Brake, the road safety charity, is running an essential webinar on vicarious trauma, which will offer expert guidance on the condition to all victim support professionals.
Led by academics and expert practitioners, this vital webinar will cover both best practice guidance in developing protocols to ensure support workers are able to avoid vicarious trauma, and also assessments that practitioners can use to measure the condition.
Titled Supporting the supporter: vicarious trauma and support needs, this webinar will provide expert advice on methods that support workers can take to avoid vicarious trauma, including an overview of guidelines and best practice guidance. Speakers will also address commonly experienced signs and symptoms of the condition, and methods that can assist with diagnosis of vicarious trauma.
Attendees at this webinar will benefit from an exclusive ‘Meet the Expert’ session with leading academic, Dr Keren Cohen, Head of Therapies and Senior Lecturer at Goldsmiths, University of London. Keren is trained in psychodynamic psychotherapy, and alongside her academic position, also works as a counsellor.
This webinar is being delivered by Sudden, a project coordinated by Brake. Following Brake’s extensive experience supporting families bereaved suddenly by road crashes, Sudden was founded as a project for sharing best practice in all types of sudden bereavement support among professionals. Sudden brings together academics, victim support professionals, and others to share and promote best practice.
Crucially, this event provides an excellent opportunity for global discussion, and through the inclusion of an interactive question and answer session, offers a unique chance for international professionals to consider practical issues with a field leader.
This webinar is relevant for anyone working in a support or caring capacity, and offers an excellent, free of charge professional development opportunity to all support workers, counsellors and practitioners.
This webinar is free of charge to all attendees, and will be held from 2pm - 3.30pm GMT, Thursday 21 September 2017. The event can be accessed from any location with a working internet connection.
Jack Kushner, victim support events and marketing officer at Brake, says: “Vicarious trauma can present many of the same symptoms as direct trauma and post-traumatic stress disorder; therefore, it is essential that the correct support is provided to any care giver or support worker suffering from the condition. Led by academics and expert practitioners, this webinar will cover both best practice guidance in developing support networks that allow care givers to avoid vicarious trauma, and signs, symptoms and assessments for measuring the condition. This webinar is free of charge, offering an invaluable learning opportunity and making it accessible to all professionals working within a bereavement and support capacity. I would thoroughly recommend anyone working in this field, including emergency services personnel, health professionals and counsellors, to attend this event.”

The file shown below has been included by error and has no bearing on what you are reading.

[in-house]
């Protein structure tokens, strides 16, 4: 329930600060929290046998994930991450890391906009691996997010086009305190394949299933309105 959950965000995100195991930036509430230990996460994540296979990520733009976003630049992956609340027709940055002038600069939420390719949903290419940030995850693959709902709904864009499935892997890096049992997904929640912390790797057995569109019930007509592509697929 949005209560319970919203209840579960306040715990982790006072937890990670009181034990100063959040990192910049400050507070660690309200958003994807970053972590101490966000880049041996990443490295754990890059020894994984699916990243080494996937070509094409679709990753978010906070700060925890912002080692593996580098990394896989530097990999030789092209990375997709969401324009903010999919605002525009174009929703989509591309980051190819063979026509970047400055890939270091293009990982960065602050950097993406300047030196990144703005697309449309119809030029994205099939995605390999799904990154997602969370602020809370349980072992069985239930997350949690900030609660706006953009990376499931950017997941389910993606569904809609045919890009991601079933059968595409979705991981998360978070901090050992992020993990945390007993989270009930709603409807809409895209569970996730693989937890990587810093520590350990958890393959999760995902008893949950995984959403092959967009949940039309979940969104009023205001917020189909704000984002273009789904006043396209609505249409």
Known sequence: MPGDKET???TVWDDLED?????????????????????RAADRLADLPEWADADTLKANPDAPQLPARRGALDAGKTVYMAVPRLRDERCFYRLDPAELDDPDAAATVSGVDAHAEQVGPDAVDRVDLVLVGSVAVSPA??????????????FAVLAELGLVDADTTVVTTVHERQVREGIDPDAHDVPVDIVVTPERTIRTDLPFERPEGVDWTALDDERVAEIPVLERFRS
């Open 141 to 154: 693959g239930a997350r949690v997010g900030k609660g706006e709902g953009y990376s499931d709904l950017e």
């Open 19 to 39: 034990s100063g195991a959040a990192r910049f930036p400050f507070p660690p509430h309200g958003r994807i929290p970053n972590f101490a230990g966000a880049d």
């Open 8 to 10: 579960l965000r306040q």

Notes for editors:
Brake is a national road safety charity, founded in 1995, that exists to stop the needless deaths and serious injuries that happen on roads every day, make streets and communities safer for everyone, and care for families bereaved and injured in road crashes. Brake promotes road safety awareness, safe and sustainable road use, and effective road safety policies. We do this through national campaigns, community education, services for road safety professionals and employers, and by coordinating the UK's flagship road safety event every November, Road Safety Week. Brake is a national, government-funded provider of support to families and individuals devastated by road death and serious injury, including through a helpline and support packs.
Road crashes are not accidents; they are devastating and preventable events, not chance mishaps. Calling them accidents undermines work to make roads safer, and can cause insult to families whose lives have been torn apart by needless casualties.
Sudden is a project run by Brake that helps people who have been bereaved by any kind of sudden death. Sudden believes people bereaved by sudden death suffer terribly and have acute support needs. We also believe these people have a right to recover and lead a full and happy life again. Sudden provides emotional support and practical help to suddenly bereaved people to enable this recovery.
Sudden runs a free membership scheme for anyone caring for someone who has been suddenly bereaved, such as police family liaison officers, health professionals, or teachers. Sudden is a project developed by Brake, the road safety charity. Road crashes are one of the biggest causes of sudden death. Brake has extensive experience of providing support to families bereaved suddenly through its support services for families bereaved by road crashes.